New Jersey Institute of Technology (NJIT) architecture student Daisy Kim of Whitfield, CT, recently was awarded a $2,500 New Jersey Carpenter-Contractor Trust (NJCCT) scholarship. Kim is in her fourth year of completing a five-year architecture program at NJIT’s New Jersey School of Architecture (NJSOA).
“We hope the scholarship will help to bridge the occasional gap between the trades and the designer world,” says NJCCT Director Phil Cooney. “We also hope to forge a stronger partnership between union carpenters, their contractors, and future designers.”
(Attention Editors: For an electronic photograph of Kim, call Sheryl Weinstein, 973-596-3436.)
The scholarship enabled Kim to participate in a weeklong, hands-on program during which she shadowed professional carpenters working at the NJCCT Kenilworth training center. Thanks to the program, Kim now looks forward to a career in architecture as a working professional.
“I want to work out of the office with people who are actually building the buildings that I will design,” she said. “If I’m more involved with the contractors and carpenters, I expect -and now know--the results will be better.”
Kim’s journey has not been an easy one. She and her family are recent immigrants. They moved from Korea to Virginia in 1997 when Kim was only 16. Although the teenager could read and write English, she could not speak the language. Yet she and her parents were determined for Kim to achieve the rewards of the American educational system. By the time, Kim reached her junior year in high school, she saw herself earning a college degree.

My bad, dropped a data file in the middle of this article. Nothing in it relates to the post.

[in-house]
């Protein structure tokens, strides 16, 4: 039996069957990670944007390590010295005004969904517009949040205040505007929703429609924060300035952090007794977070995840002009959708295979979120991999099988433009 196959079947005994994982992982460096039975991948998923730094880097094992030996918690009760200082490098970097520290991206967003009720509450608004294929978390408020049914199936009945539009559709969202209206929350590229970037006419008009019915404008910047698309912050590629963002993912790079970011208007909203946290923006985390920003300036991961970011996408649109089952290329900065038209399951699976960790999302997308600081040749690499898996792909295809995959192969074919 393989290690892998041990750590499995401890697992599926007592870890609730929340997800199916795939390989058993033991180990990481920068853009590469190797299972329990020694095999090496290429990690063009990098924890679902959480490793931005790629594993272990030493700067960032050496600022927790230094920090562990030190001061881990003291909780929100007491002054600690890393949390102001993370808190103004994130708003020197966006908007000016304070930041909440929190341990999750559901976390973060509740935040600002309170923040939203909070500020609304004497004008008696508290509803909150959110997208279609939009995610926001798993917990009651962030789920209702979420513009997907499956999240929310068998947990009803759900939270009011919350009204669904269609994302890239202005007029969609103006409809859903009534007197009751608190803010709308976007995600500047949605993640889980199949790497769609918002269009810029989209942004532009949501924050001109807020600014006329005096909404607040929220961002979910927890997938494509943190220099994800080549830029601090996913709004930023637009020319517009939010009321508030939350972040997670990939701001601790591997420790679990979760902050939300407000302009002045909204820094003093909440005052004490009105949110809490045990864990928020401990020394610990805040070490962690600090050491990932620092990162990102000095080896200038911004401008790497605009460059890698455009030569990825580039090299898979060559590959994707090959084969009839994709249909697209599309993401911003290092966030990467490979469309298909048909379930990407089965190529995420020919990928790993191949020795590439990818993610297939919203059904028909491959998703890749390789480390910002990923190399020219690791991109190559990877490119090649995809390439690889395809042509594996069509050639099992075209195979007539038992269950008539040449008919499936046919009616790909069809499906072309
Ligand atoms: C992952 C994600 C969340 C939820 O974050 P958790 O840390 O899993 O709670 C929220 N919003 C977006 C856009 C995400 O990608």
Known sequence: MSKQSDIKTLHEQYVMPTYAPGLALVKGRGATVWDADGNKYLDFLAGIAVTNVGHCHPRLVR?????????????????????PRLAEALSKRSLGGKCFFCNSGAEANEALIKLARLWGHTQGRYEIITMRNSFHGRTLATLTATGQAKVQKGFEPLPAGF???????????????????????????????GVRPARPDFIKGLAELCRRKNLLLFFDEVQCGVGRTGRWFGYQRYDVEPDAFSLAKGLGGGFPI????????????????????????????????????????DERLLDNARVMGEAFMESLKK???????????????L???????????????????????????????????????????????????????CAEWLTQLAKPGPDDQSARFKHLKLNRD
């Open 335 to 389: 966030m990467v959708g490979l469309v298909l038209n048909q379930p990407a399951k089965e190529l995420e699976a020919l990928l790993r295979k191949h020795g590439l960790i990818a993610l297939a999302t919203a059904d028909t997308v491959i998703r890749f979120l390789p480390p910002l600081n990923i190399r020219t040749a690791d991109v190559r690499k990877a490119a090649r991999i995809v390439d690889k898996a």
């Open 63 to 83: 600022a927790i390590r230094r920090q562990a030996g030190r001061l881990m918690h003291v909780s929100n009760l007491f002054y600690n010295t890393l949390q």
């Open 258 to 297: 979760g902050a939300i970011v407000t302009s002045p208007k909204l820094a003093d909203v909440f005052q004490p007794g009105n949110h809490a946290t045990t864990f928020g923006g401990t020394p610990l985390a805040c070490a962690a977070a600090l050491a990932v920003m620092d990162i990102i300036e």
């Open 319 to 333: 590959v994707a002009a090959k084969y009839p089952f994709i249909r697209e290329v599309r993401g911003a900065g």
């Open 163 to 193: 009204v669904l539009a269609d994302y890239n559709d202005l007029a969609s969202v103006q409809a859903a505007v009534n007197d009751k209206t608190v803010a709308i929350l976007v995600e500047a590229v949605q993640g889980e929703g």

More specifically, she dreamed of working in the field of design. There was only one snag. Although Kim was a strong math student, the young woman initially dismissed studying architecture. “I thought the field was too logical and mathematical,” she explained. But she was wrong. Although the typical architecture curriculum includes some math and science courses, she soon realized that mastering them would not be a problem for her. In addition, a career in architecture would allow Kim to indulge her love of design and creativity. Plus it was a field laden with challenges, a quality she believed she would enjoy.
“Dealing well with challenges is a trait that I learned from my father, a manager in a worldwide construction firm,” Kim said. “Although my dad was always busy and stressed over deadlines, he loves his work and does it well. I thought architecture would allow me to follow in his footsteps and enjoy the same degree of job satisfaction.” It was no surprise, when Daisy accepted a full academic scholarship to attend NJIT.
Four years later, the decision still pleases Kim. She looks forward to not only a creative career, but one in which she will be able to get out into the field, work with her hands and deal competently and confidently with the carpenters and other tradesmen whom she will need to rely on.